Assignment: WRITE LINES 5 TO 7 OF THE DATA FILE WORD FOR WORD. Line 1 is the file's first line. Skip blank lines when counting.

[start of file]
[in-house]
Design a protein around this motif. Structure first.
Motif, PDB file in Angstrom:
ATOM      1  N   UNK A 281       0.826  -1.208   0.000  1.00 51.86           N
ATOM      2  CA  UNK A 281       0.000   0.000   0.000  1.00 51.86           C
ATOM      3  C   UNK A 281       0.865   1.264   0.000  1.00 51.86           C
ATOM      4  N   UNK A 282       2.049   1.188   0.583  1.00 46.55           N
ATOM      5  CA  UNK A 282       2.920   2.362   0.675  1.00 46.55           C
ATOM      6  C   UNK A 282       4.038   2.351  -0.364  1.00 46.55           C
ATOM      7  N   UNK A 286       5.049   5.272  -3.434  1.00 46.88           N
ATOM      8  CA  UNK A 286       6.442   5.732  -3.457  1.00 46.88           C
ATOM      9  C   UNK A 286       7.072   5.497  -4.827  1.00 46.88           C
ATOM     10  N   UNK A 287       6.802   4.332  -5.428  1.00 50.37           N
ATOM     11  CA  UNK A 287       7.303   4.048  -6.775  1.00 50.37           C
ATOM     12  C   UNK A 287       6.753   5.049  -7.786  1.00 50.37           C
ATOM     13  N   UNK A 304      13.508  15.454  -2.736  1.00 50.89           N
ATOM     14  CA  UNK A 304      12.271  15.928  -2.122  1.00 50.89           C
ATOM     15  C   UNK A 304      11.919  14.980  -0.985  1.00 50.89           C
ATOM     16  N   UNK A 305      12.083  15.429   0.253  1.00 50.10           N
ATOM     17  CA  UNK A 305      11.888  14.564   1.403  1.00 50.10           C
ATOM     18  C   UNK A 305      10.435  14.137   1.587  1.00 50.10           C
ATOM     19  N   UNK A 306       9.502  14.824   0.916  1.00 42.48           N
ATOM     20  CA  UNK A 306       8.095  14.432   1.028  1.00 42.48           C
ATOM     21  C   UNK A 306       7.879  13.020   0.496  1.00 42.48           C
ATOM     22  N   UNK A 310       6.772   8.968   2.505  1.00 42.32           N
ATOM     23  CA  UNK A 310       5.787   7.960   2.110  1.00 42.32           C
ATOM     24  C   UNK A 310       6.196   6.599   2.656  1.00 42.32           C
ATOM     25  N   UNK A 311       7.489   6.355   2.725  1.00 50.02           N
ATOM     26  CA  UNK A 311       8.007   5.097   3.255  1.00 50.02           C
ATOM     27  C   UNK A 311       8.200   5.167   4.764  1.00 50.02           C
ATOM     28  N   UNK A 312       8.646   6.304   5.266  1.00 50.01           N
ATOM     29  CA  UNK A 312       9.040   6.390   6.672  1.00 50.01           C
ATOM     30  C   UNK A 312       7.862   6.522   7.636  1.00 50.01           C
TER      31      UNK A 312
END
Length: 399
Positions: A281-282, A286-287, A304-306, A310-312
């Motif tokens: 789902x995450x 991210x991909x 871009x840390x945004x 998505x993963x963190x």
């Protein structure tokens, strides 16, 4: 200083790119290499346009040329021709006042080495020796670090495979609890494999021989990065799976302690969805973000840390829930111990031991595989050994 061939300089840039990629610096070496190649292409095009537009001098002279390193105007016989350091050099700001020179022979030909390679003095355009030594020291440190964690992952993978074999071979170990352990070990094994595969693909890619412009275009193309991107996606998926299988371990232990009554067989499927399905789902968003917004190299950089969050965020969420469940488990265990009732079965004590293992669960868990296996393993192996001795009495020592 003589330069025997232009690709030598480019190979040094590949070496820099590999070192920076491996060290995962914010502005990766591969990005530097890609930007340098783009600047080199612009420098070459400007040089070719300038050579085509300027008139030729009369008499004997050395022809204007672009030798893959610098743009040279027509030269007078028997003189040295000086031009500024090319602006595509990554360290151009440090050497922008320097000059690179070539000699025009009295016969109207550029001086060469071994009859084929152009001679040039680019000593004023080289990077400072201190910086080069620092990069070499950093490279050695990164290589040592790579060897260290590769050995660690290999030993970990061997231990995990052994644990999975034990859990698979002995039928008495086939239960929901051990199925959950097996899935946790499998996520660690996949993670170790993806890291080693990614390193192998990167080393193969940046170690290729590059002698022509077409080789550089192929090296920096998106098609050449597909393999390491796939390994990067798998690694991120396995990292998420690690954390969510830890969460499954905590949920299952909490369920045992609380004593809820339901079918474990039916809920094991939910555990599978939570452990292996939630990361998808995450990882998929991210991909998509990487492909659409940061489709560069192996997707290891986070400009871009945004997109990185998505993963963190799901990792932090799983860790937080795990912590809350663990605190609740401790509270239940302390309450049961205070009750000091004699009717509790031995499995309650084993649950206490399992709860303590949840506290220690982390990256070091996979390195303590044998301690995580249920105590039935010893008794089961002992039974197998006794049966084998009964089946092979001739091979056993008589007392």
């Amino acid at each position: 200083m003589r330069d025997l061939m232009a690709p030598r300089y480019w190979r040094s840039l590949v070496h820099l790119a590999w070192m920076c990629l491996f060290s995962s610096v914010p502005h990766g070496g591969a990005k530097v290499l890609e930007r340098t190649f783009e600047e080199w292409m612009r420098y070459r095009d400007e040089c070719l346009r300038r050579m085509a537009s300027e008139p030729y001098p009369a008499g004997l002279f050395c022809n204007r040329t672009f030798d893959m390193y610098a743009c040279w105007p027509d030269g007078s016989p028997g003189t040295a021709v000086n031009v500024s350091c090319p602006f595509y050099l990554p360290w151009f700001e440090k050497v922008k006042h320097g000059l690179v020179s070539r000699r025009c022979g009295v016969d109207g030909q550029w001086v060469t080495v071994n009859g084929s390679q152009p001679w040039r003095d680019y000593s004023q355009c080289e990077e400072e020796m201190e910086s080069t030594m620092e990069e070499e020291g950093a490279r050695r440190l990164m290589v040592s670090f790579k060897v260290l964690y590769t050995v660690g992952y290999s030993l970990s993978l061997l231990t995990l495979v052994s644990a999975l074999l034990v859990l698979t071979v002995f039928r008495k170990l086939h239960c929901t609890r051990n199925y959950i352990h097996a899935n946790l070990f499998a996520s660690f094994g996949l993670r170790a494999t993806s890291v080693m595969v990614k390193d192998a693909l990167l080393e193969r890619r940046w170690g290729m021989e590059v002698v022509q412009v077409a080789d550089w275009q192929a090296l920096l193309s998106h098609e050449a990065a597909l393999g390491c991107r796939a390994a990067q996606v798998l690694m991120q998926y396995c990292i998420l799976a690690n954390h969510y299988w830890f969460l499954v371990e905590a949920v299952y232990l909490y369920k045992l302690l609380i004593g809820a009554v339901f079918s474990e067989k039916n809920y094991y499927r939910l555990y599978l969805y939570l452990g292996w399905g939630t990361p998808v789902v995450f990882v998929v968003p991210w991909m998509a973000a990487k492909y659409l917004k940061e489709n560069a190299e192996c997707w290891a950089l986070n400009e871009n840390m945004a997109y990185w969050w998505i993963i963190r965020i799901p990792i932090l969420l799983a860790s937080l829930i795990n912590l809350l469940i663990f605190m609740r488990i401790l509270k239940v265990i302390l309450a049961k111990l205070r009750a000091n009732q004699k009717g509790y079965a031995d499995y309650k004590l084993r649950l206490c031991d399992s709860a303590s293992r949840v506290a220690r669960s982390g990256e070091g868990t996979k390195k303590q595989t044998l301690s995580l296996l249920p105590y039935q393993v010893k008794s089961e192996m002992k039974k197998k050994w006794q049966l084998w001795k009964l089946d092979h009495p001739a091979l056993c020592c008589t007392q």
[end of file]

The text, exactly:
ATOM      2  CA  UNK A 281       0.000   0.000   0.000  1.00 51.86           C
ATOM      3  C   UNK A 281       0.865   1.264   0.000  1.00 51.86           C
ATOM      4  N   UNK A 282       2.049   1.188   0.583  1.00 46.55           N